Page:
A friend wondered: Is grape seed oil good? Answer- yes and no, but mostly no. (See Caroline Barringer ‘s article here). It’s been claimed that it can increase HDL-C (good cholesterol), and decrease LDLs (bad stuff), and it has a higher smoke point than many oils, for cooking (grilling stuff in a pan, etc.). But it is not as stable as olive oil; it’s more prone to oxidation, which isn’t good. Polyunsaturates (such as grapeseed oil) tend to oxidize when heated, even at low temperatures. They might not smoke as quickly under heat, but that doesn’t mean they’re actually good for you.
Grape Seed Oil comes from actual grape seeds after wine production, and might get confused with “rapeseed oil”, now also known as Canola Oil. But rapeseed oil is an entirely different animal, of the mustard/cabbage family. It was a somewhat toxic oil, but got genetically modified to make it more “fit” for human consumption. Without modification, it was high in erucic acid (which can damage heart muscle), and glucosinolates (which blocked absorption of nutrients in a study of its effect on animals). Not good! So scientific engineers went to work, creating a product they called “Canola Oil”, as it was developed in Canada. Bottom line: Canola Oil is GMO. Ew! I’ll be trying to avoid it whenever possible…
There are also the standard “PUFA”s (polyunsaturated fatty acids), represented in safflower oil, corn oil, and the like. Although food company marketing has touted such oils as “heart healthy”, you might read this article on Mark’s Daily Apple, for a completely different perspective. He takes about balancing the Omega 6 to Omega 3 ratio in our bodies, through eating the right foods. I changed my diet after reading that info, and noticed a dramatic change in the inflammatory-based symptoms I had. Those symptoms are gone!
Other oils are making the news these days, and I’ve been doing a lot of research. Thanks to Dr. Oz (who featured shows about them), coconut oil and red palm oil have become popular. But I’ll address those oils at a later date. For now, let’s focus on olive oil, a more common oil.
THE BEAUTY OF OLIVE OIL
1.) Proven Track Record: Olive oil has been used forever- it’s mentioned countless times in the Bible (well, I personally couldn’t count ’em…) Anything that’s been around that long speaks for itself. Newly created products might eventually show their (as yet, unforeseen) long-term health affects upon future generations, but with olive oil, we can rest assured.
2.) Fresh, not Rancid: A really cool thing about olive oil: it doesn’t require excessive heat to extract the oil from it. (Unlike other sources, like safflowers, corn, etc.). So the quality of the oil doesn’t deteriorate or get rancid from its exposure to heat during processing, as readily as other oils.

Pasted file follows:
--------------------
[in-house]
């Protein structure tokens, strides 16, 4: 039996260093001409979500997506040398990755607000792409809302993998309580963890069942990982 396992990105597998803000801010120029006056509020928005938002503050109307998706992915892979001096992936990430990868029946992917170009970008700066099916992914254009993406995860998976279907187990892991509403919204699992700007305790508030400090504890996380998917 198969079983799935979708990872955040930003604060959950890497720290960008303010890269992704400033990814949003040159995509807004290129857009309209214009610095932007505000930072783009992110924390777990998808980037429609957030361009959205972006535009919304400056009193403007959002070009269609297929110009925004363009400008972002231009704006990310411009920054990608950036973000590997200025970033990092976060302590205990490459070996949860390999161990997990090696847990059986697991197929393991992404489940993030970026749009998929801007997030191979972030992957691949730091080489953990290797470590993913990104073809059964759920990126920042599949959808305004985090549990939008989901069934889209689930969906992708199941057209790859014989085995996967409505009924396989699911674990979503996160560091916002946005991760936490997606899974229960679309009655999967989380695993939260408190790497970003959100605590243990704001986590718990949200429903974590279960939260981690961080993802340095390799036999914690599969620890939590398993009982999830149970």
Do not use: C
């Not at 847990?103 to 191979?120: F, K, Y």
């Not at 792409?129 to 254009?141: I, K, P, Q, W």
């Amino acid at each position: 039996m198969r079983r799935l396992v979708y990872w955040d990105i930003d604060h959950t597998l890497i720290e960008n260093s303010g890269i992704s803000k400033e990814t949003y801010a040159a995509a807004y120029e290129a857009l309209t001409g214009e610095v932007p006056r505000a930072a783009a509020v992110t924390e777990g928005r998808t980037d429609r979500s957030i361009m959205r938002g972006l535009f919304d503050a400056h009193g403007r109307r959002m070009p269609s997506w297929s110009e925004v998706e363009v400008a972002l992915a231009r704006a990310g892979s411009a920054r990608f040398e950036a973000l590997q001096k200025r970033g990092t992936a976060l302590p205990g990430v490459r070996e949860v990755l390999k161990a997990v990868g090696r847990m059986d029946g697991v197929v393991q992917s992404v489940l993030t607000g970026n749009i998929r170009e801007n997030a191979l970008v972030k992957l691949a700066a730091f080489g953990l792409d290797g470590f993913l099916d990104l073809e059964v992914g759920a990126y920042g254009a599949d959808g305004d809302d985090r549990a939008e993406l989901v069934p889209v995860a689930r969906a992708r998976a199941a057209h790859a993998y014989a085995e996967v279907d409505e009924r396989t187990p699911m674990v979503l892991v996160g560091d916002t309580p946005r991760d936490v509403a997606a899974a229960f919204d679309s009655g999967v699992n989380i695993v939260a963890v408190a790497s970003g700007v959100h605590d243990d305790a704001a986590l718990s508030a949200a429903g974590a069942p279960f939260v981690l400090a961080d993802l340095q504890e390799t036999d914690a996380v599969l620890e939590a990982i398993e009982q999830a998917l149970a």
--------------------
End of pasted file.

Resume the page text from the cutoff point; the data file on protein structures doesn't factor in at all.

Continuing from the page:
3.) Anti-inflammatory: Another plus is that olive oil is rich in polyphenols (antioxidants that have anti-inflammatory and anticlotting properties). Newly pressed extra-virgin olive oil contains oleocanthal, a compound that can act in a similar way to ibuprofen. Researchers say that a diet rich in olive oil may have pain-relieving and heart-health benefits similar to those of taking a low-dose baby aspirin every day.
4.) It’s Part of the Mediterranean Diet: Following the traditional dietary patterns of southern Italy, Greece, and Spain, has been shown to lower heart disease risk, lengthen lifespan, reduce cancer and diabetes, and help with weight loss. Sign me up!
5.) Reasonable smoke point: This means that olive oil has a smoke point of about 385-420 degrees. Granted, you don’t want to get a pan so hot that the oil you add starts smoking; that can create undesirable by-products. But to use olive oil to cook foods at mid-range heat presents no problems.
HOW TO BUY IT
Cold-Pressed (Like this one, from Bariani): Cold-pressed means no heat was used during the processing. If that’s too pricey, opt for a more inexpensive extra-virgin olive oil for cooking, then splurge on a high-quality, unfiltered one for drizzling and dipping (when you’ll most appreciate its amazing flavor).
Dark Bottles: Dark-colored bottles will keep better, as light and heat can turn oil rancid. A dark cupboard works well for storing it in, or store it in an opague ceramic decanter. It can be refrigerated, but it will firm up (remedied by leaving it out for a half hour or so). Olive oil is best used within six months but can last longer if stored properly.
Organic: We can’t always afford it, but the world would probably be a better place if we spent more money supporting sustainable practices, and spent less money on excessive quantities of inferior products. We’d probably solve the obesity epidemic too!
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